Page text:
Her role has been to help survey the store's customers, who are teachers affiliated with schools where 60 percent or more of the students qualify for free- or reduced-lunch programs. Crayons to Computers, which opened to 22 schools in 1997, has by now supplied more than $15 million in new and recycled school supplies to more than 140 eligible school in 13 counties. It operates with a paid staff of five, a CEO and COO who are both full-time volunteers, plus hundreds of other volunteers. After five years in operation, the agency would like to get a better idea of its impact in the classroom, says Denise Greber, operations manager and volunteer coordinator.

To help fill that need, Joshi developed a 20-question survey, asking teachers about the types of products they get at Crayons to Computers, how those products are used and whether student attendance, behavior and performance have improved as a result of the free store. To find out what kinds of questions to put in the questionnaire, Joshi interviewed about 20 teachers by phone. She then had to assess how best to disseminate and collect the survey. The phone interviews helped her to draw up the survey, which was distributed to teachers as they left the store. Joshi said her classroom studies helped a lot, especially in selecting valid questions.

Previoiusly, Joshi had done a class project involving an East End school and had observed how great the need was for classroom supplies. "I saw how much teachers had to put in on their own. The schools were not supplying it. I kept thinking there has to be a way to help them, and here it is. I like the mission behind this place. I feel good about myself contributing to something good."
 
"The first time I came here I was amazed at how much variety they have and how ordered it is here," said Joshi, as she stood in the middle of the store, near some puzzle games about the continents. "It's like a real store, and it's free. It's not just dumped in here."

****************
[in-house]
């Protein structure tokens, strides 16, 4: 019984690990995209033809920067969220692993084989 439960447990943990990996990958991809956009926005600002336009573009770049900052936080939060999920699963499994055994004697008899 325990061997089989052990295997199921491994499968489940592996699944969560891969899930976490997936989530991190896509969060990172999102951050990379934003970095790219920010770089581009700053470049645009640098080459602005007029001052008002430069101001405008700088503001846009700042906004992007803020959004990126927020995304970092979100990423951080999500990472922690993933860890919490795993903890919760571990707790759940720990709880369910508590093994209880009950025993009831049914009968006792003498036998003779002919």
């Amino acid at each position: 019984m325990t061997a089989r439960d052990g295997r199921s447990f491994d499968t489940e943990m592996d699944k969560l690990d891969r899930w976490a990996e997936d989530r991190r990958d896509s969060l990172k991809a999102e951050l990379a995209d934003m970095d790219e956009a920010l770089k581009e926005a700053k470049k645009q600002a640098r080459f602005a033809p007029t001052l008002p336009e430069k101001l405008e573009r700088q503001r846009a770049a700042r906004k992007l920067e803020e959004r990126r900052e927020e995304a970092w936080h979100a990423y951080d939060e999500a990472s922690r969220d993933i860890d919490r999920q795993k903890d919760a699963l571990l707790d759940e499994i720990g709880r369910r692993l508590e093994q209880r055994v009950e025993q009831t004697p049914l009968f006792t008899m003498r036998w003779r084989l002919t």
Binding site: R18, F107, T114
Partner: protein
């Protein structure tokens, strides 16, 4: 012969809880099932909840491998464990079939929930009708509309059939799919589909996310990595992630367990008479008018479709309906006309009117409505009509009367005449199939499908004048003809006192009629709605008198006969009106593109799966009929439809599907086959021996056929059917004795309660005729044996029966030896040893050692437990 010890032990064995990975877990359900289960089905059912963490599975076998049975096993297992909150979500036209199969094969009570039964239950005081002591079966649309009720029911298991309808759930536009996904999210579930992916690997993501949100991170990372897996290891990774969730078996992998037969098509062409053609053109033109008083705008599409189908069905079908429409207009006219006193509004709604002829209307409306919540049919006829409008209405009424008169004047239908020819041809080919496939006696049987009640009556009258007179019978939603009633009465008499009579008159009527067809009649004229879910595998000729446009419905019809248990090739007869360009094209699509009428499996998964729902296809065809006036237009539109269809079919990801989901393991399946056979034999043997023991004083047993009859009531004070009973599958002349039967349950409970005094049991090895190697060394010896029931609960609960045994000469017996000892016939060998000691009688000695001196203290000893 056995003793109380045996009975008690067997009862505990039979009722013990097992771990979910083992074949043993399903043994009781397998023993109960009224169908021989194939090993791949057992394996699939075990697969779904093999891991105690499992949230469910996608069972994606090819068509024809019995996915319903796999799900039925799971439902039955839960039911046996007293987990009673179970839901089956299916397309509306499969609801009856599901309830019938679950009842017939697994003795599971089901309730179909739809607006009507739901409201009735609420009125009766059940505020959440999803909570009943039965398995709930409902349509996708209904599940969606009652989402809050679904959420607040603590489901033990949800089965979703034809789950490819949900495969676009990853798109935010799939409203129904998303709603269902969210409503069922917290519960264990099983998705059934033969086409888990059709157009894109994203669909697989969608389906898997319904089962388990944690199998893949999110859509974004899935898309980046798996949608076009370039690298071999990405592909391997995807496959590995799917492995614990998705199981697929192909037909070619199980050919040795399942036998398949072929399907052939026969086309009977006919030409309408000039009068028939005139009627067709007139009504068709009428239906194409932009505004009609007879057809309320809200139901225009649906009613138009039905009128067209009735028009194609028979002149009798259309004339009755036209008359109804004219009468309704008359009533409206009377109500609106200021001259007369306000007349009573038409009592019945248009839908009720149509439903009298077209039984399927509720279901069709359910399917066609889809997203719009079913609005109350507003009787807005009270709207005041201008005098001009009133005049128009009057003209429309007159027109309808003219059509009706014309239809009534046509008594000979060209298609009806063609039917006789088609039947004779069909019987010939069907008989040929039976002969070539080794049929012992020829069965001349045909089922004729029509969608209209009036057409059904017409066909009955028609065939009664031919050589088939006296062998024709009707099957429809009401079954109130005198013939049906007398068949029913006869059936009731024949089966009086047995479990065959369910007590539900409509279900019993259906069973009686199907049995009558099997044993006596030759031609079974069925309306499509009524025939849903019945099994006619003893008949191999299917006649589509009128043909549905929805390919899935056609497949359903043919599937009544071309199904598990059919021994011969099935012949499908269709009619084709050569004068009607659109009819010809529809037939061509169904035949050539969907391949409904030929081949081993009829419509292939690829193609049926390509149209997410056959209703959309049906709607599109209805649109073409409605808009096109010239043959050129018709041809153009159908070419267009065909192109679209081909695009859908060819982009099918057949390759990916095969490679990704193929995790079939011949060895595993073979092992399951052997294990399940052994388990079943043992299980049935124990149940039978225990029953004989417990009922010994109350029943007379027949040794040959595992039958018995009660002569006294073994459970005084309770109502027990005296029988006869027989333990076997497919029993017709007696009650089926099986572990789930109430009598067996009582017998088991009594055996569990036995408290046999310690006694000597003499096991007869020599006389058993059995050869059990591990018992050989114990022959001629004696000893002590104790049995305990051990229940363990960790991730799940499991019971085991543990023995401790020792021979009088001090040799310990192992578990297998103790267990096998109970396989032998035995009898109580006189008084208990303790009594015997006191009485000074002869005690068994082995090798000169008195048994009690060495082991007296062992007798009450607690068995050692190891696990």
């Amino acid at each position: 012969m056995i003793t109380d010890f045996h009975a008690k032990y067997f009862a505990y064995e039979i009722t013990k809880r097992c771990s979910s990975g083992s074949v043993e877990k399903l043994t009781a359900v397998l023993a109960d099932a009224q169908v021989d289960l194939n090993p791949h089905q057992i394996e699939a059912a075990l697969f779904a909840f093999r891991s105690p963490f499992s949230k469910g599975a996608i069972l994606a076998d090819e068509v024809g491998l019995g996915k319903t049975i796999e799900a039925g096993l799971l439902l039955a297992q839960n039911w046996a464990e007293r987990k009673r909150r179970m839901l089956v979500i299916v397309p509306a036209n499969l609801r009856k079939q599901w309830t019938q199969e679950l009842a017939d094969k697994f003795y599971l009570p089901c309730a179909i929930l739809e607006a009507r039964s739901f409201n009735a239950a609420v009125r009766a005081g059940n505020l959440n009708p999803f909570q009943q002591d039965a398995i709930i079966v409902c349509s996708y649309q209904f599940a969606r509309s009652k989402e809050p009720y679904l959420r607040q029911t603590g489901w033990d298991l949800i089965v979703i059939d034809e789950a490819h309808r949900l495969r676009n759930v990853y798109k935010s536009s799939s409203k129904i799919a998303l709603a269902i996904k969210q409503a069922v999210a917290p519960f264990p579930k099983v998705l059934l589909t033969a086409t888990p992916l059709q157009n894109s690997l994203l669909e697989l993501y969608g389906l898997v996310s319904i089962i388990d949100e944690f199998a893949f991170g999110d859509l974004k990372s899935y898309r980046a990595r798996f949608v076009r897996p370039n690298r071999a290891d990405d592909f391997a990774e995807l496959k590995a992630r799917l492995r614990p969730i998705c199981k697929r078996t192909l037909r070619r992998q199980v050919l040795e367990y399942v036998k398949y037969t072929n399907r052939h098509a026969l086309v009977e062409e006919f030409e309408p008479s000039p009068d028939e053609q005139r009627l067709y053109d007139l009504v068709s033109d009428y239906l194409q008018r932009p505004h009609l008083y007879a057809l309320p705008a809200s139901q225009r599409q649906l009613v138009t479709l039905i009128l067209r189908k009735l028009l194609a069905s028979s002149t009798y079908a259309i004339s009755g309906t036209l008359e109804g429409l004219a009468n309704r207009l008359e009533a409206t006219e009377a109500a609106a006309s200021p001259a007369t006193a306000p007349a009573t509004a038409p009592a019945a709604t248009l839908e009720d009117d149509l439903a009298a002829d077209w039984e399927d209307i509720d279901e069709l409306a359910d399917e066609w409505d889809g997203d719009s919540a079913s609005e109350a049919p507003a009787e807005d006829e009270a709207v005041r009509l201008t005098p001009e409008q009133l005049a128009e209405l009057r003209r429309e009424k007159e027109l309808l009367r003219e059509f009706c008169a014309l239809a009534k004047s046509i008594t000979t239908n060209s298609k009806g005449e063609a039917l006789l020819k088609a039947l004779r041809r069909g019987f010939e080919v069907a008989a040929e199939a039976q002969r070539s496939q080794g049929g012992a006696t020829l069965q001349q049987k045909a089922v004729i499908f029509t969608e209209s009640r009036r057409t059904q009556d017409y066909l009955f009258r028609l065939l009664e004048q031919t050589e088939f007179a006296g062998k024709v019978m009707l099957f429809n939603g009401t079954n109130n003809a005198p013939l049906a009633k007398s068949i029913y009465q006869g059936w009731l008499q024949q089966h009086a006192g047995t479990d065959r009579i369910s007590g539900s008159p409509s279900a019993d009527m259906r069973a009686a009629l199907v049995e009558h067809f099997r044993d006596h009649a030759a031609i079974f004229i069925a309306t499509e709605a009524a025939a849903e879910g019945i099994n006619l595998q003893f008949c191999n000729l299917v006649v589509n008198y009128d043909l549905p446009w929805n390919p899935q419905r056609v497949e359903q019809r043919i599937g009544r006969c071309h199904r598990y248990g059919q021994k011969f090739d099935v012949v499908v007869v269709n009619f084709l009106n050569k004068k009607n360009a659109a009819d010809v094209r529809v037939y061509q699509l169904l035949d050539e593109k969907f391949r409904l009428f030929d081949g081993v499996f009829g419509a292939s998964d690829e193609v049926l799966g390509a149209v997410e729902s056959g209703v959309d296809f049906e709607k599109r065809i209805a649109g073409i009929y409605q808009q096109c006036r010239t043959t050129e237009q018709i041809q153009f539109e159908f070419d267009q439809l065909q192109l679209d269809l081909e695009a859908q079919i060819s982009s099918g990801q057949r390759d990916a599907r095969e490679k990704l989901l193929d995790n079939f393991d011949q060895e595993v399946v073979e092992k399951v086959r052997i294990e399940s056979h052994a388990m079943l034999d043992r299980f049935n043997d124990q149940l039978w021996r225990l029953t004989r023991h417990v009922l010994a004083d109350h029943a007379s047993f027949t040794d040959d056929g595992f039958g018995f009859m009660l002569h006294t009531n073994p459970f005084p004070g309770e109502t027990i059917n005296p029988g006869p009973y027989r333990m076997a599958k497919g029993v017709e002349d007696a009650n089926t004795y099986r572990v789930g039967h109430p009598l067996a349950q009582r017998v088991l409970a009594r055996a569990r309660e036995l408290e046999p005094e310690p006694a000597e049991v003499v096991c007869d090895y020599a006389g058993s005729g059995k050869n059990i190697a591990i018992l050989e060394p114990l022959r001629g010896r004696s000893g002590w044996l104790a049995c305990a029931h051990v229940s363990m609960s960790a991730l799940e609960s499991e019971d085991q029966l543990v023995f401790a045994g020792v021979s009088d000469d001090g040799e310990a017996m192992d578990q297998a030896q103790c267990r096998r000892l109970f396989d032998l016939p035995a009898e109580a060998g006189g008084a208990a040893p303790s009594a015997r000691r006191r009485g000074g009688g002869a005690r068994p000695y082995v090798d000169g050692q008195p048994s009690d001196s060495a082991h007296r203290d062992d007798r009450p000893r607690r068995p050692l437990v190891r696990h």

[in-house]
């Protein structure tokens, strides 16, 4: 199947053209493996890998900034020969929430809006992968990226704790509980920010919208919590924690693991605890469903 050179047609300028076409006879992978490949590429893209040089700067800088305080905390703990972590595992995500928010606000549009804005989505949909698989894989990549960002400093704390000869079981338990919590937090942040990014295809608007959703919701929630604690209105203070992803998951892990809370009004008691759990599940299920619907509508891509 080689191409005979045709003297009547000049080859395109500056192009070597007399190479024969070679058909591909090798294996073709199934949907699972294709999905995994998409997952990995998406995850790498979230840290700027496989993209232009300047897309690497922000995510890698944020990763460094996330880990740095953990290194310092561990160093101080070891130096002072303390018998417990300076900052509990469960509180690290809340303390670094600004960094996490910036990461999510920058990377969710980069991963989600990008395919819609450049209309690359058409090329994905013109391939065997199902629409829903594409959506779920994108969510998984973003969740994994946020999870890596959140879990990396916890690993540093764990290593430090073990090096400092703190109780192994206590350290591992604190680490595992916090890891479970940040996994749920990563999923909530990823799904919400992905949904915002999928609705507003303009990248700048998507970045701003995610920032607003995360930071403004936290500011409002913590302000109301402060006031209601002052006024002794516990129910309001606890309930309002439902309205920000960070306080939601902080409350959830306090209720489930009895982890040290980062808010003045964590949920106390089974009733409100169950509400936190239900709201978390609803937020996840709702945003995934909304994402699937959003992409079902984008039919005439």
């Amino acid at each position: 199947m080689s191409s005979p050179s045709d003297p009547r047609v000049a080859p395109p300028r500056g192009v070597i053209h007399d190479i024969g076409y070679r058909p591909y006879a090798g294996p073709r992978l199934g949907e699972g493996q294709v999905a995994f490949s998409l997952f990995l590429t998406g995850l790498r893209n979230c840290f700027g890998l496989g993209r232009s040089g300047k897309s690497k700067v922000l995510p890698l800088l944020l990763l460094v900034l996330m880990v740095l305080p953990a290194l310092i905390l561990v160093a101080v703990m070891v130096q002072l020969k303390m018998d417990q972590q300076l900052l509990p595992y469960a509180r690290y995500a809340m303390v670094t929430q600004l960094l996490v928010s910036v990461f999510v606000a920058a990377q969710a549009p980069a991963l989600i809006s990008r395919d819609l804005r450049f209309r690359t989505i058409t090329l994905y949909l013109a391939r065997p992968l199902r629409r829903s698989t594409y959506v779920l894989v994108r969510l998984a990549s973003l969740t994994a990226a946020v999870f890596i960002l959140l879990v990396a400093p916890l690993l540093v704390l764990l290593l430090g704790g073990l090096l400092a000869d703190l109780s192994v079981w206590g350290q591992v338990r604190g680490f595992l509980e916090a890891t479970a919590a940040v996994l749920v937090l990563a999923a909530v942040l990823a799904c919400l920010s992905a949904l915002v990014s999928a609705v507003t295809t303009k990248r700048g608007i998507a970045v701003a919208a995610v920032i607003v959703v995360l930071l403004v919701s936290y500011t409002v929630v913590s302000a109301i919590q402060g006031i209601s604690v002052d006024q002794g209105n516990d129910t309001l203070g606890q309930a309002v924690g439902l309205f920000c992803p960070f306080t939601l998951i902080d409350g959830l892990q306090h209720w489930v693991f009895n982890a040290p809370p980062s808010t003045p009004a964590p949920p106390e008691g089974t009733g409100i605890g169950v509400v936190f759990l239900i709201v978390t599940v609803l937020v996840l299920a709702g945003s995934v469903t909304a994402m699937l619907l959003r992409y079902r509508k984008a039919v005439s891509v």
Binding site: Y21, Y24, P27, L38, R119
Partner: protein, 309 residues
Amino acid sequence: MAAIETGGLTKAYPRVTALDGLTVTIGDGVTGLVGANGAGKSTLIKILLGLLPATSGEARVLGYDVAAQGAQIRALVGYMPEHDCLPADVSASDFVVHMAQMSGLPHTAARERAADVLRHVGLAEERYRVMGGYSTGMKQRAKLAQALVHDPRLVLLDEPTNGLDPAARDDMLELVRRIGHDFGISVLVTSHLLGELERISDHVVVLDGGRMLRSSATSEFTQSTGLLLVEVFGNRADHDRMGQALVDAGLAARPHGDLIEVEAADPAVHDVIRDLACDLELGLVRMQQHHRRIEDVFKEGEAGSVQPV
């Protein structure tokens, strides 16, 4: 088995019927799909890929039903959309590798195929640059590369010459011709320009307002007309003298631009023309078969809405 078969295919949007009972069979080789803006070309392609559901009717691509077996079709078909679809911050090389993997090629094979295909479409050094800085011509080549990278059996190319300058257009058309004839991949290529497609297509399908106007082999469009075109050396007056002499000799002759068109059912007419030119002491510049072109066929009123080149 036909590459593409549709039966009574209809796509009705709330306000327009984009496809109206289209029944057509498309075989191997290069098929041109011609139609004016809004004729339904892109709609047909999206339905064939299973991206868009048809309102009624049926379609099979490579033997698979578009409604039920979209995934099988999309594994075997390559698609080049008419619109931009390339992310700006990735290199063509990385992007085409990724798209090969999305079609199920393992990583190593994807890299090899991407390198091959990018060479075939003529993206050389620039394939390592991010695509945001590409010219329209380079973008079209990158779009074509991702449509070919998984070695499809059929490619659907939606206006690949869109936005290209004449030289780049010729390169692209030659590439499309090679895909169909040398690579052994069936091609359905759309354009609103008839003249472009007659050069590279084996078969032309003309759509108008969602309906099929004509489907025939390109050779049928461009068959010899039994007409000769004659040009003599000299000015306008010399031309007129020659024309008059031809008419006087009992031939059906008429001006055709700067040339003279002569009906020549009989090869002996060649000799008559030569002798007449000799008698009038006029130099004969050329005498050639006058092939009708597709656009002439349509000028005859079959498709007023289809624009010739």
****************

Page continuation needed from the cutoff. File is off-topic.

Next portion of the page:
She could not have found the internship without the help of Newman, UC adjunct professor and intern director in communication. "She has so many contacts. She thought this job would be a good match for me," Joshi said.

The 22-year-old also loves the welcoming atmosphere at Crayons to Computers. "I look at it as a Crayons family. Diversity is welcomed and protected here," said Joshi, who earned a diploma in personnel management and industrial relations at the N.M. Institute of Management Studies and her undergraduate degree at the M.L. Dahanukar College of Commerce, both in Mumbai. "The volunteers are very enthusiastic about what they are doing and they are really dedicated.

"All the volunteers and staff at Crayons have been supportive of this whole process of doing the survey," she added.

In turn, Crayons to Computers has been lucky to have Joshi as an intern, says Greber. "This is extremely valuable to us. We could not afford to hire someone with her expertise." The agency has been so pleased with her that it has managed to find funds to extend Joshi's residency.

"We welcome Ambuja's help in determining qualitative outcomes of our program. To date, those results have only been anecdotal. Measuring our impact through her survey will better serve our operation, and ultimately our teachers and their students," said Crayons to Computers CEO Shannon Carter.

Joshi hopes to receive about 300 survey responses to analyze during her final weeks at the store. She expects to complete her master's degree by June 2003. After fall term ends, she hopes to begin looking for a full-time position in human resources or corporate communications.